ATF Form 6 - Ammunition Imports

Do any of you have any information on ATF Form 6? I realize that I must go directly to the source (ATF) for final answers, but I’d like to have some information before I actually call them.

A forum member responded to my want ad for ammo, but he is in Europe and I would need an import license in order to acquire ammo from him.

Is there a fee for the license? Is there an official SLICS invite form (which I will apparently need)? What other pertinent info should I know/ask for?


You actually don’t need an import license and if you call the ATF and ask you will get a cluster of bizarre answers to the question so don’t bother. It boils down to the federal definition of “importation”, which as stated in 18 U.S.C. chapter 44 §921 definitions section 21, part(F):
“as applied to an importer of ammunition, a person who devotes time, attention, and labor to importing ammunition as a regular course of trade or business with the principal objective of livelihood and profit through the sale or distribution of the ammunition imported.”

So unless you are planning on acting like a distributor or wholesaler and earning a profit for your livelihood with this ammo, then you don’t need an importation license. On the other end of the pond though, I have no idea what the person in Europe would need to export if anything, I assume most of the Euro countries have some sort of license requirement.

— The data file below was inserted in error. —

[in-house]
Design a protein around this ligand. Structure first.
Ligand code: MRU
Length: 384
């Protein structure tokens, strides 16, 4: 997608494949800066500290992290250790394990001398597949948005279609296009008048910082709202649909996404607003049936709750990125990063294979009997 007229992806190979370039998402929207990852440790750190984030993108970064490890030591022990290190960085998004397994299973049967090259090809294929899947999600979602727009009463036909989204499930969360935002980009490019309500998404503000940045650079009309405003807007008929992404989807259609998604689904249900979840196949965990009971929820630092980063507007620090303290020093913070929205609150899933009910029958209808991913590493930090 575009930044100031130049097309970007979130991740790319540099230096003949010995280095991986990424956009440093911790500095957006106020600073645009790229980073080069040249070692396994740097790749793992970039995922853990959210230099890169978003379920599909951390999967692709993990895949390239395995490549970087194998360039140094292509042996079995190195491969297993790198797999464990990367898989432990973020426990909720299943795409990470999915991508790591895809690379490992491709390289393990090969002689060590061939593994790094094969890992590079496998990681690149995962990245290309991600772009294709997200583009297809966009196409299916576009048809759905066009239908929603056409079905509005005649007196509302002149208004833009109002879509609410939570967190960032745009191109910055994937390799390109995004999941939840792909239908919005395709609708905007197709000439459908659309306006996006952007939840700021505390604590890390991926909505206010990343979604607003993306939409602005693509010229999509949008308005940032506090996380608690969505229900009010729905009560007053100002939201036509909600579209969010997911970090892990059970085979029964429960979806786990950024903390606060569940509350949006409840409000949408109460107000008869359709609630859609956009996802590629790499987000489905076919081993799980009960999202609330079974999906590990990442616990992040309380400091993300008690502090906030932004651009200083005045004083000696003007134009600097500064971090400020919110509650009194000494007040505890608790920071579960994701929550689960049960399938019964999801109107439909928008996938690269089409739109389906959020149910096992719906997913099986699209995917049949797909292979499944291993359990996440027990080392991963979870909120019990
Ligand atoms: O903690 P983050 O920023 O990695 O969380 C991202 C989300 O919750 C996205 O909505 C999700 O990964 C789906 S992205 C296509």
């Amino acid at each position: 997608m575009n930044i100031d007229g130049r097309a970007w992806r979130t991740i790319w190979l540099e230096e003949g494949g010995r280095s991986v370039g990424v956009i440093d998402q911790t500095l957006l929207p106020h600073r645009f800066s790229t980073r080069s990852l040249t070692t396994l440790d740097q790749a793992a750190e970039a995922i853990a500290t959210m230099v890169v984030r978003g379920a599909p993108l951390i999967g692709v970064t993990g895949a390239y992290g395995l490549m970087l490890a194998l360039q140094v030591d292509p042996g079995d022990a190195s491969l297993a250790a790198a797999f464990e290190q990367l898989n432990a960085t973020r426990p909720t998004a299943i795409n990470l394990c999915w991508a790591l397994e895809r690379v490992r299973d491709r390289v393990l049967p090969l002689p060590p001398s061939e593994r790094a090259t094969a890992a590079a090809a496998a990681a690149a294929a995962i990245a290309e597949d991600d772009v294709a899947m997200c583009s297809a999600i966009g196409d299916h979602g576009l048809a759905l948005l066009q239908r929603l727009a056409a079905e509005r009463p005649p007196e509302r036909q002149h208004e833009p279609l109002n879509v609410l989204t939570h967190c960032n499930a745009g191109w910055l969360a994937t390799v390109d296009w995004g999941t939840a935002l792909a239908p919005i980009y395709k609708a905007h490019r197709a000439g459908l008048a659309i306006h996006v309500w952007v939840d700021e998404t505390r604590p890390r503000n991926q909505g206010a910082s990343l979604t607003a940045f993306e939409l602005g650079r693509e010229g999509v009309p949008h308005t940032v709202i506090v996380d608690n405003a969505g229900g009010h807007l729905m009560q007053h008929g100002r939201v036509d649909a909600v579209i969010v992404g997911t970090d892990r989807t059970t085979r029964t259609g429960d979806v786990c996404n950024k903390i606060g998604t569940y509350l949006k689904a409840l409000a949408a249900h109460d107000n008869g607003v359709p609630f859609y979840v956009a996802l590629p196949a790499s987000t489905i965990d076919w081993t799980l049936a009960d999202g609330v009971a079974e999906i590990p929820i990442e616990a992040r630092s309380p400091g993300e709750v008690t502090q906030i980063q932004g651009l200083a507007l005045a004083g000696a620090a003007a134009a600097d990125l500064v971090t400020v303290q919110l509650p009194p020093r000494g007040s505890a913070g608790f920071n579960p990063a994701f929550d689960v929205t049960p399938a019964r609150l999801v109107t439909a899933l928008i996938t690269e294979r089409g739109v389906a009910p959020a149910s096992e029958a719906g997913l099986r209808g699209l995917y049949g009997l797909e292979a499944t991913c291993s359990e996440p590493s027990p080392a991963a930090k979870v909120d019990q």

How would the ammo be shipped?


Well, I am definitely not running any kind of business. I am a collector. And that is exactly why I didn;t call ATF right off the bat: it can make things more complex than necessary sometimes!

As for shipping, Ray, I hadn’t really thought about it. I’m new to this; what are my options and does it make a difference?

For the record, I am excited about a source who says that he has ‘lots’ of .38 ammo for me, and given his locale, it might be items that are hard for me to get otherwise.

As far as getting ammo over here, the collectors who come to SLICS from Europe for instance, do acquire a special form from the ATF which is easy to get for them. As far as ammo coming from their countries the laws vary as to what they need. One reason we have no Chinese or Japanese collectors who have tables is that ammo possession is essentially illegal in these countries so those are difficult countries as an example. But other countries are more reasonable. It usually has to be brought in person as opposed to being shipped, but I think FedEX will do shipping (airmail) as long as the sender has no legal issues. Certain meetings such as ECRA things happening in the Czech Republic make it very easy since the Czechs have ammo & gun laws very similar to our own, making things easy. I have used SLICS as an easy meeting point since many Europeans go to it and can possibly arrange ammo transport from outside the U.S.

I haven’t looked at the ATF regulations in a few years, but the requirement in the regulations is that a Form 6 is required to import any loaded ammunition. A start is the material on shipping ammunition on the IAA Website.